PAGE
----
The Web Your Way
Most people thing that how a web page looks and functions is determined by the person who created the web page and that the person visiting the web page just has to accept it the way that it is. They think you can't do anything about it when the page is designed to be too wide to fit across your screen or the text is too small for you to easily read or there are stupid animated effects on the page.
Well that's the way that the web worked back in the early days in the 20th Century but not any more. With the 21st Century web the person visiting web pages can have as much say if not more as to how the page looks as the person who write it does.
Basically there are five parts to a web page that you display in your own web browser. Only three of these five parts come from the web site that you are visiting. The other two parts you can define for yourself. Let's look at what each of these five parts is and what it does/can do.
- HTML - this part of the web page is written by the author of the page and contains the actual content of the page, the information that you are visiting the page for.
- Author Stylesheet - also comes from the web site and is how the author of the page suggests that the page look when it is viewed.
- User Stylesheet - All modern (and even some not so modern) web browsers allow you to define your own stylesheet and attach it into your web browser. This gives you far more control over the way web pages look than the few menu controls available in early browsers (and still available in current browsers). While the web standards say that author stylesheets take precedence over user stylesheets every single web browser gives precedence to user stylesheets over author stylesheets so that if you want all web sites to be 750px wide and use 30px font size to make the text nice and big and easy for you to read you simply set your user stylesheet that way and what the author of the page wants is no longer relevant. You see their content the way you want it to look.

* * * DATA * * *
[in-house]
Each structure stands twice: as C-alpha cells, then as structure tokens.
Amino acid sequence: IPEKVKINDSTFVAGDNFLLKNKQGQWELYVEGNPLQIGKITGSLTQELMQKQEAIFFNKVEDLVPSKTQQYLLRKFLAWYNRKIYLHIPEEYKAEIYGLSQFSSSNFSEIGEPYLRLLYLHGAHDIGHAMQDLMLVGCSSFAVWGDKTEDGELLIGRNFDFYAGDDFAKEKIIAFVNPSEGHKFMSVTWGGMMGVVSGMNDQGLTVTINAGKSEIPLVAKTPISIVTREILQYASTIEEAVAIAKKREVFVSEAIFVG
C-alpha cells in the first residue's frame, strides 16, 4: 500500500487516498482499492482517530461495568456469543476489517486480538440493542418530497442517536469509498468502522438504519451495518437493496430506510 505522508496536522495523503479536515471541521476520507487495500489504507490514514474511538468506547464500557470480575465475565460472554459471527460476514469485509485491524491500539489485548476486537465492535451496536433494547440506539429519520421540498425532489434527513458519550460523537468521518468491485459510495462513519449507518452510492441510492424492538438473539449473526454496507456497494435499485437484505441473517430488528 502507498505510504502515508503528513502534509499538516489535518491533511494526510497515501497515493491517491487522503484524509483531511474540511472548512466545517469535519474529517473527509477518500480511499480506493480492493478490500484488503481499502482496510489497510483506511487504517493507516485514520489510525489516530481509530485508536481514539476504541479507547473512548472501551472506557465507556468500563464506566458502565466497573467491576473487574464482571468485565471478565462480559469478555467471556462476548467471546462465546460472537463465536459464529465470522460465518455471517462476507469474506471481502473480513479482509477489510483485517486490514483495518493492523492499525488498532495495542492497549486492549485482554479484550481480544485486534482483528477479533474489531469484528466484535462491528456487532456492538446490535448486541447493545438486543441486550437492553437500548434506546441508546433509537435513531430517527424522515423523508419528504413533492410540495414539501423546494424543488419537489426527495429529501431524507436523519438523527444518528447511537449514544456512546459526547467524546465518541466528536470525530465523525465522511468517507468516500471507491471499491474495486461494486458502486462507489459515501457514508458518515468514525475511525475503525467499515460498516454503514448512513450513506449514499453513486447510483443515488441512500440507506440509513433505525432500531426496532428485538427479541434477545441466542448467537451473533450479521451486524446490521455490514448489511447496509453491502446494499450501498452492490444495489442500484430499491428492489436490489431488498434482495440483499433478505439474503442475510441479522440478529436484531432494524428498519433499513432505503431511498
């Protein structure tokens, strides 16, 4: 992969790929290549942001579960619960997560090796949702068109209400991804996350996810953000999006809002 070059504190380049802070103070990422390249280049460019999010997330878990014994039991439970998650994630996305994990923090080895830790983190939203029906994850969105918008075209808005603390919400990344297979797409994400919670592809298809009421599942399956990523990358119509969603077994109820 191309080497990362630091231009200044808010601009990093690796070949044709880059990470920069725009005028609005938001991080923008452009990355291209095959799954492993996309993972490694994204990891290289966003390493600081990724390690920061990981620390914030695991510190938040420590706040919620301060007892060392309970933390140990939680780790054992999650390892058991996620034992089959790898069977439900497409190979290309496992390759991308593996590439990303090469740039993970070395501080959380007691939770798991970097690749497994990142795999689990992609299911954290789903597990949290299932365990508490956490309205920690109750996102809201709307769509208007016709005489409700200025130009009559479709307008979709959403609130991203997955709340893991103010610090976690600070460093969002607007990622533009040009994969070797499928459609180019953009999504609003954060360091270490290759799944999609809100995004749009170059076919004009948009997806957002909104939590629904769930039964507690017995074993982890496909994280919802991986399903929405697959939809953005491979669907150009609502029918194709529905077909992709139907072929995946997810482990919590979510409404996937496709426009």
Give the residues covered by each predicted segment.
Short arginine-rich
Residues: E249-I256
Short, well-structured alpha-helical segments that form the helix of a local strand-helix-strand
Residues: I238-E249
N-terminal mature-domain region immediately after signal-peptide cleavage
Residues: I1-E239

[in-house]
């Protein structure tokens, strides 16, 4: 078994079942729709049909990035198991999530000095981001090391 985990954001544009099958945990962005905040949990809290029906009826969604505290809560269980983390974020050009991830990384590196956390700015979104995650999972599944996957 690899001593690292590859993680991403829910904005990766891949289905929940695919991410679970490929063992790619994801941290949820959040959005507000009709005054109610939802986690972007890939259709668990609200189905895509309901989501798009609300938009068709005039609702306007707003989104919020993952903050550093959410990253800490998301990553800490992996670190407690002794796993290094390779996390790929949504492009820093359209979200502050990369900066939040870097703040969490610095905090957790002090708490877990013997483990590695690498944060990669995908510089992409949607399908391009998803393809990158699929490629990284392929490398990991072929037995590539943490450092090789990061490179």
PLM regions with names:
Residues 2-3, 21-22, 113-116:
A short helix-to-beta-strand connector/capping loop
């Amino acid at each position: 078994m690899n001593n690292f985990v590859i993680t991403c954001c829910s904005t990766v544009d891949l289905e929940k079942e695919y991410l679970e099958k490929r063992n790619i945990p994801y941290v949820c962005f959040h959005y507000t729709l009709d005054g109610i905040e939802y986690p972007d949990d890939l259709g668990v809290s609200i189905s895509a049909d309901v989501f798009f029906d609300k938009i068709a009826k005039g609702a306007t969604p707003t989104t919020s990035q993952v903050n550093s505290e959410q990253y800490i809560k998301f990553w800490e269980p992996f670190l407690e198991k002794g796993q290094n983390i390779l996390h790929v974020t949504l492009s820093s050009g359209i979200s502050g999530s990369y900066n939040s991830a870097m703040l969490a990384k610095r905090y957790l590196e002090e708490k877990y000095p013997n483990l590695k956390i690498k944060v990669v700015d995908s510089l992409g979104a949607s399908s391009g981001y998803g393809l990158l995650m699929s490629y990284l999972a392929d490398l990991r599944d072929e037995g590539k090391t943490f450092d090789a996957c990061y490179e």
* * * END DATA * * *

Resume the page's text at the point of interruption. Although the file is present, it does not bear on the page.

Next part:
On the web the author provides the content of the page and suggests how they think it should be displayed. How you actually view it is entirely up to you.
This article written by Stephen Chapman, Felgall Pty Ltd.